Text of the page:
Burning F.O is/was a tricky thing, One night I was flashing up a boiler from cold, we had two drums of "Diesel" on the boiler room plates with copper tubing taking the diesel through one of the F.O. pumps then on to the burner selected for flashing up, Diesel tips were just the smallest burner tips we had. Once the boiler was set up and the burner lit I observed the combustion expecting it to be good only to see atomized diesel flowing through the flame and falling to the furnace floor and burning in a pool of diesel. Once some steam was available I put on the F.O. heater and when hot enough put in a normal burner and shut down the diesel burner. Combustion was better on F.O. but on the Oronsay it was never as good as the Arcadia despite the Arcadia's Howden equipment being more primitive than the Oronsay's ABC gear
Jock
 

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Burning F.O is/was a tricky thing,
Jock
Hi Jock,

On one m.v., the auxy boiler was VERY tricky. It ran on HFO, same as the ME. The thing was an absolute bu99er to flash up. If it didn't ignite on the second go, you HAD to open the furnace front, clean the burner and igniter and the clean out the pooled, unburbend fuel off the furnace floor. Box it up and try again! Once it was fired-up, it was very reliable and good.

Evidence of laziness and not sticking to the procedure by the letter was evidenced by a huge backblast which, while not particularly life endangering, would paint the errant operator black, a la Looney Tunes cartoon!! I went past the compartment one day in port, doing some fridge maintenance and the 4/E (who had long hair) came tripping out, huge black stain on his boiler suit, black sooted face and his hair sticking straight out in all directions. The same happened to a greaser when I was on watch in port. I acknowledged a flame out alarm AUX BLR and set off to restart it - When, I got there, I found the greaser with the telltale stain/soot/frazzled hair. When I interrogated him, he said he had seen that the boiler had flamed out and decided to push the start button to restart. "How many times did you push it?", I asked him, "about half a dozen" he answered. After forcing him to clean the furnace, burner and igniter to my entire satisfaction, I hauled him up before the C/E for a well deserved bo11ocking!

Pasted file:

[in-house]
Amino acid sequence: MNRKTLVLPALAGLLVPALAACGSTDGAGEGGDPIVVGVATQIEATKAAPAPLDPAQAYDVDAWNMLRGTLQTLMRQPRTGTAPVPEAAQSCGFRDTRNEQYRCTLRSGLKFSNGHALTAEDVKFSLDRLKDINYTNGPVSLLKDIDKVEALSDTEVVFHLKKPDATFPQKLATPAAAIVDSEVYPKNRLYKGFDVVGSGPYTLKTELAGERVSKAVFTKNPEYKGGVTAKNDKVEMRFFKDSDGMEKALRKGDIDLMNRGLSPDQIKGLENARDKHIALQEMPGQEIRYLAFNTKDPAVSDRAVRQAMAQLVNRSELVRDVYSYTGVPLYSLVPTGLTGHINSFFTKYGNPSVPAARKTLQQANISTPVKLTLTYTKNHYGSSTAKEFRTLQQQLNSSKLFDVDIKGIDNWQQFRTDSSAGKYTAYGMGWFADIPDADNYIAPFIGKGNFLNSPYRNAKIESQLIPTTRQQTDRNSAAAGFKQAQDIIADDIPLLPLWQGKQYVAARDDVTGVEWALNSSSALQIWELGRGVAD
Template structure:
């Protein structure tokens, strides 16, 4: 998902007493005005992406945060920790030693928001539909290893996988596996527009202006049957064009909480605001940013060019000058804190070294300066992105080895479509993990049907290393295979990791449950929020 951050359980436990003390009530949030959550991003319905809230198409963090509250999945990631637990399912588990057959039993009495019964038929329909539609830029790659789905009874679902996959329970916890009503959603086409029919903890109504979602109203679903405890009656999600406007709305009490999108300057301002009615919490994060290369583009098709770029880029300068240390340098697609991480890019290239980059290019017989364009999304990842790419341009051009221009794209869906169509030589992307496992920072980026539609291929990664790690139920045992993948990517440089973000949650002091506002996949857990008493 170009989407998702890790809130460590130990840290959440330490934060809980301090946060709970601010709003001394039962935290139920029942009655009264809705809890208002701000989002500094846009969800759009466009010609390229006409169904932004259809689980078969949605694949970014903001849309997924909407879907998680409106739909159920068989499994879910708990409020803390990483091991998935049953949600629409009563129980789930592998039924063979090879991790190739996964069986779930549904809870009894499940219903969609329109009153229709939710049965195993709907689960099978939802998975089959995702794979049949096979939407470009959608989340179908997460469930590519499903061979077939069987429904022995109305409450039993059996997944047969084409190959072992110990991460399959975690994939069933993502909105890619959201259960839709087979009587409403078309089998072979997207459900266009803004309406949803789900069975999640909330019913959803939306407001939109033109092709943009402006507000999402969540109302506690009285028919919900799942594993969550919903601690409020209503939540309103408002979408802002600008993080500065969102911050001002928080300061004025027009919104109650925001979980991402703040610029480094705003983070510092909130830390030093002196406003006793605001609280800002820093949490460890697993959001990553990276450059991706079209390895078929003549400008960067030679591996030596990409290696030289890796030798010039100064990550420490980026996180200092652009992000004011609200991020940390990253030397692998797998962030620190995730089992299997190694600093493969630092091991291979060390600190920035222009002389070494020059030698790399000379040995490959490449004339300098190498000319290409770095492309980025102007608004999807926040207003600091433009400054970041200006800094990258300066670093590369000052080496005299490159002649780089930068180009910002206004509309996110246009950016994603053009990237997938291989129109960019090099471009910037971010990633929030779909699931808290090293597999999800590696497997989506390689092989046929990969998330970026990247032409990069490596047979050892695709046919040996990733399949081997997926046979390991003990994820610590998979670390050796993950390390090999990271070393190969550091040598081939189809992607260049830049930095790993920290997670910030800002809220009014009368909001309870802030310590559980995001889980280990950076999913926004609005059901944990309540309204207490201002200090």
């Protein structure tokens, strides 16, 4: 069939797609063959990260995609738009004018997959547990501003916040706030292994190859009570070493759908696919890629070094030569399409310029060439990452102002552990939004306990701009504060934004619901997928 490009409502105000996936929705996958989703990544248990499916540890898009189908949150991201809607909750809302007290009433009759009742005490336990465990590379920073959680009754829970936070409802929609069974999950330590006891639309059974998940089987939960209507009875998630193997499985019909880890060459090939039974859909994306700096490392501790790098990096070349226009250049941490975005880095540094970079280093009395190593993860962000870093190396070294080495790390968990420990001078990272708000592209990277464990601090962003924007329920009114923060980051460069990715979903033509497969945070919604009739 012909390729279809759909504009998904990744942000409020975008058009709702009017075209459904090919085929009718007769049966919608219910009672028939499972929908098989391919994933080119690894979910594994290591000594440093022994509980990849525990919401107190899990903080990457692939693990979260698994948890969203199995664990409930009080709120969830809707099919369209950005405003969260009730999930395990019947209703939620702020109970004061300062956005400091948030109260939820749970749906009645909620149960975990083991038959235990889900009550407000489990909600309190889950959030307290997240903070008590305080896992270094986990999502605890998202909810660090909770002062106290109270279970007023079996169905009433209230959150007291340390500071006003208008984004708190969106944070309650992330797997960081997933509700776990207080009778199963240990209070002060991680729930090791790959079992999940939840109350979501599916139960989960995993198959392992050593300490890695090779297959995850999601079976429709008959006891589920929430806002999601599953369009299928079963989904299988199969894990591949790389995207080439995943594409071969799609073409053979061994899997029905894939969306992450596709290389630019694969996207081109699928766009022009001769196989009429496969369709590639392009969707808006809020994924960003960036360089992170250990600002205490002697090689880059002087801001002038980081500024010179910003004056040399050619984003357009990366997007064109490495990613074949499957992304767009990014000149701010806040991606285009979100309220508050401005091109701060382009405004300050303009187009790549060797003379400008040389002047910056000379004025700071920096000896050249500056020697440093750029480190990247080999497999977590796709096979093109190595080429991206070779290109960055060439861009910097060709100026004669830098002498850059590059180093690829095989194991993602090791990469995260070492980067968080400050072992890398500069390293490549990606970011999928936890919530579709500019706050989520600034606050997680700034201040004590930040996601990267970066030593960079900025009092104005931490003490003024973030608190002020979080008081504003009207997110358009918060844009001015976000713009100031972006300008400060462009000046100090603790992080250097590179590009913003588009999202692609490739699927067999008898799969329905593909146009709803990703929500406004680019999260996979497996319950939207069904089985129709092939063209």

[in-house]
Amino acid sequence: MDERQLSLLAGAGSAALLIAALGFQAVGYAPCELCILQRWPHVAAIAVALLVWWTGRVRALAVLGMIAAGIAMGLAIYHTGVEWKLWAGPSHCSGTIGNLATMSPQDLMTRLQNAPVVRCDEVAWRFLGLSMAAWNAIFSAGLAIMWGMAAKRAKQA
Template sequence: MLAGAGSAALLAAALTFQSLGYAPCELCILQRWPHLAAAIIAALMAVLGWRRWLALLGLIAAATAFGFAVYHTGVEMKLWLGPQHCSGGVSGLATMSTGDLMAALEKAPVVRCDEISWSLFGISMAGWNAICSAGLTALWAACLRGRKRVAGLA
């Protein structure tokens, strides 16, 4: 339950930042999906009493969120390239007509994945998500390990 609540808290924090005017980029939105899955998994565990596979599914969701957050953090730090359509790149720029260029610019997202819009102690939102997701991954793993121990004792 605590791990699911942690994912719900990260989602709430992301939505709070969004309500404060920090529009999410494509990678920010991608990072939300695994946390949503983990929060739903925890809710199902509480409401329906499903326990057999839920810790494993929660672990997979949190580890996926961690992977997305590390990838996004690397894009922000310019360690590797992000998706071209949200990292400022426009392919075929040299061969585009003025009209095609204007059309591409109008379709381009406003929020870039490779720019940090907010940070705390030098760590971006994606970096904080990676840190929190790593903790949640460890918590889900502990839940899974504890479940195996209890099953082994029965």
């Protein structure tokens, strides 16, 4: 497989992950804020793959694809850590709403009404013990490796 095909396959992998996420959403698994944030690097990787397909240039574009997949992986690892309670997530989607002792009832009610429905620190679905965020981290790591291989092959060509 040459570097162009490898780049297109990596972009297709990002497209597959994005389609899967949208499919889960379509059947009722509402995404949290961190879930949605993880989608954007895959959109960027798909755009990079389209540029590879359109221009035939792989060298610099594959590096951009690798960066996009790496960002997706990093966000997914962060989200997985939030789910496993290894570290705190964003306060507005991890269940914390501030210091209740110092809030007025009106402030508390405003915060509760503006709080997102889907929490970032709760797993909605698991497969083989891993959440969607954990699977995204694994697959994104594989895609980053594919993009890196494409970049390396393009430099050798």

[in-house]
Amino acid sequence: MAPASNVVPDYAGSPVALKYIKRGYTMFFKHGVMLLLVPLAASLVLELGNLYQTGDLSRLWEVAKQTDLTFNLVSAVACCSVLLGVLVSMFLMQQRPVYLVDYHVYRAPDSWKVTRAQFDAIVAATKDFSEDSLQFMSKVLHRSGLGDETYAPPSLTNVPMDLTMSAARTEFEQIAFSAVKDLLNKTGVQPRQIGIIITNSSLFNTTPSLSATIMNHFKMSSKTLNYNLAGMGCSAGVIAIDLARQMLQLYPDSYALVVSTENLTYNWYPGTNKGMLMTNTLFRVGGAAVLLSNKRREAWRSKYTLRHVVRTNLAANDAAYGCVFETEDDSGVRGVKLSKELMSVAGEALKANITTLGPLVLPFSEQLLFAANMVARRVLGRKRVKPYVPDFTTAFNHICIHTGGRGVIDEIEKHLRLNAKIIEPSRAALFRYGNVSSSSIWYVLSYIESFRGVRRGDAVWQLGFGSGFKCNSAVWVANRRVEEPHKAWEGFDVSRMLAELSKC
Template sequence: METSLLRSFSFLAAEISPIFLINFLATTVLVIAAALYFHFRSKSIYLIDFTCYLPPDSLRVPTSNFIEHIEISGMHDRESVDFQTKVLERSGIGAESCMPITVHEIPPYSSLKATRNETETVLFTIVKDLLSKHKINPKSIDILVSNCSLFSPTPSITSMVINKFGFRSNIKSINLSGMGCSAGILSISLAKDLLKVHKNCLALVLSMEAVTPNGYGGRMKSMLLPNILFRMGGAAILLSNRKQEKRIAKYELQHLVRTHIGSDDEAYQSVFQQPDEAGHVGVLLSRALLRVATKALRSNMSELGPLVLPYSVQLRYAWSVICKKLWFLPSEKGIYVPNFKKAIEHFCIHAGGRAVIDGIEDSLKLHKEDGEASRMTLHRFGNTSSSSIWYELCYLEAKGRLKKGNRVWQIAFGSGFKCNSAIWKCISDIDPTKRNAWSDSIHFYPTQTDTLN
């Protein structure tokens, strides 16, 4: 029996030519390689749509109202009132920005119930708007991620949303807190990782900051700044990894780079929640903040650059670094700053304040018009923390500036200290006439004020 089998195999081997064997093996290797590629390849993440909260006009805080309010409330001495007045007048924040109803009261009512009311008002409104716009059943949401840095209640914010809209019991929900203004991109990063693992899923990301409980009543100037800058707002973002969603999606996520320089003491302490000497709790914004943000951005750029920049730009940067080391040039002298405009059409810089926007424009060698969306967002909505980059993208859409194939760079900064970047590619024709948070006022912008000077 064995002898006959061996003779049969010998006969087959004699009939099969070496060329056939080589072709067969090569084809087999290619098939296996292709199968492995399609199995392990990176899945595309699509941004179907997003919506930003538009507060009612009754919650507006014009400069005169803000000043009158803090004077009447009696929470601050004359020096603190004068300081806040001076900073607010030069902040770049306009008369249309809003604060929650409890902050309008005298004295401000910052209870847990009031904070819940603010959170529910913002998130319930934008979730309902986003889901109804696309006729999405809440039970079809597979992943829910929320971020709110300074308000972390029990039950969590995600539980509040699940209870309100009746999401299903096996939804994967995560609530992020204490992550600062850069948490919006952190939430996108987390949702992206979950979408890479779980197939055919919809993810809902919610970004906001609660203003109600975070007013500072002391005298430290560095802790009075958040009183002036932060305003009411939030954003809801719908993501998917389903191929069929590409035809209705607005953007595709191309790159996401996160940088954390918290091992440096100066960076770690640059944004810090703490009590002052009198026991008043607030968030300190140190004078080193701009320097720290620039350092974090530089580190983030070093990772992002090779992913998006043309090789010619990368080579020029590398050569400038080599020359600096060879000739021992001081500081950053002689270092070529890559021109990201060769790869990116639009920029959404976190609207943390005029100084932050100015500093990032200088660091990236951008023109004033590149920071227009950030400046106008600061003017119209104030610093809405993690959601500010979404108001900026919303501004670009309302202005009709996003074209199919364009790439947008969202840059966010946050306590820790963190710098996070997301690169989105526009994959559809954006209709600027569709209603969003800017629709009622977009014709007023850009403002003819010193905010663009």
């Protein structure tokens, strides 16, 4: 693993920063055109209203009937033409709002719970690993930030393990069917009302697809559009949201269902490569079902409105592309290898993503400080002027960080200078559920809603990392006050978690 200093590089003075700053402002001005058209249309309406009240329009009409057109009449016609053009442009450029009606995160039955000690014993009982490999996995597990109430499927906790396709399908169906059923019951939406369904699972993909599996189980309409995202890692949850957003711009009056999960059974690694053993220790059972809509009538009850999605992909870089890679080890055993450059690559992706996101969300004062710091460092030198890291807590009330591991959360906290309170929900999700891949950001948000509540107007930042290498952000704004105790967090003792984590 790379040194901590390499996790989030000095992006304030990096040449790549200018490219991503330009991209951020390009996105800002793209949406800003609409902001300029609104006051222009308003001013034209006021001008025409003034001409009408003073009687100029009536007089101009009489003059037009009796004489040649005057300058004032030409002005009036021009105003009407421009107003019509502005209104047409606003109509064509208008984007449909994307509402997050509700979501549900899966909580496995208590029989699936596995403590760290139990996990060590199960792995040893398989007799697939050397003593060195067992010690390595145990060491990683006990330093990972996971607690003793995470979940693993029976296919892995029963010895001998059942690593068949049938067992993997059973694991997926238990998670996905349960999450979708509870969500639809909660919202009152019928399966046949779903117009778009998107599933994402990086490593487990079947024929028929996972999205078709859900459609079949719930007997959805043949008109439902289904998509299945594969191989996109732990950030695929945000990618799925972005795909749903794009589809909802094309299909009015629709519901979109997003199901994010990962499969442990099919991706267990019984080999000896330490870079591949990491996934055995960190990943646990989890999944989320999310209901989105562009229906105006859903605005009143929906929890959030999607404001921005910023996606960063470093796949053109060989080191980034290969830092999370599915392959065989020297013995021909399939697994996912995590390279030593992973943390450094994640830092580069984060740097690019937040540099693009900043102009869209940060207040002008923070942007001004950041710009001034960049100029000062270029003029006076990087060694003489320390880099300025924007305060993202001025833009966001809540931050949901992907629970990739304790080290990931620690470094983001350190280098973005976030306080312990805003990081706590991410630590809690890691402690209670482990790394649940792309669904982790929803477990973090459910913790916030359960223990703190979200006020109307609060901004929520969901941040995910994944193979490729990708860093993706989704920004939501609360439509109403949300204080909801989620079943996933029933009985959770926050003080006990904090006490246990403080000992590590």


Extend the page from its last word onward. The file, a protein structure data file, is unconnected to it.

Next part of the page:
Golden rule: Don't push buttons if you don't know what you are doing and never acknowledge an alarm if you don't know how to fix it!

Just as an aside and complete deviation, when burning coal in very large steam generators, the coal is ground to powder and fluidized with steam for injection. The nozzles require constant maintenance due to erosion of the nozzle holes by the coal particles. Long gone are the days of armies of stokers and firemen, shovelling coal and clearing ash and clinker!

Rgds.
Dave
 

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Just as an aside and complete deviation, when burning coal in very large steam generators, the coal is ground to powder and fluidized with steam for injection. The nozzles require constant maintenance due to erosion of the nozzle holes by the coal particles. Long gone are the days of armies of stokers and firemen, shovelling coal and clearing ash and clinker!
Drax B power station, I know used this system. As I believe did the other Drax series Stations?.
The coal was Pulverised with huge Griding Heads. Almost like the Old Fashioned Mill Stones. It came direct from the nearby Selby Coalfield.

Circa, 1981/2, I was involved with the Shutdown Statutary Survey of one of the Boilers.
 

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Drax B power station, I know used this system. As I believe did the other Drax series Stations?.
The coal was Pulverised with huge Griding Heads. Almost like the Old Fashioned Mill Stones. It came direct from the nearby Selby Coalfield.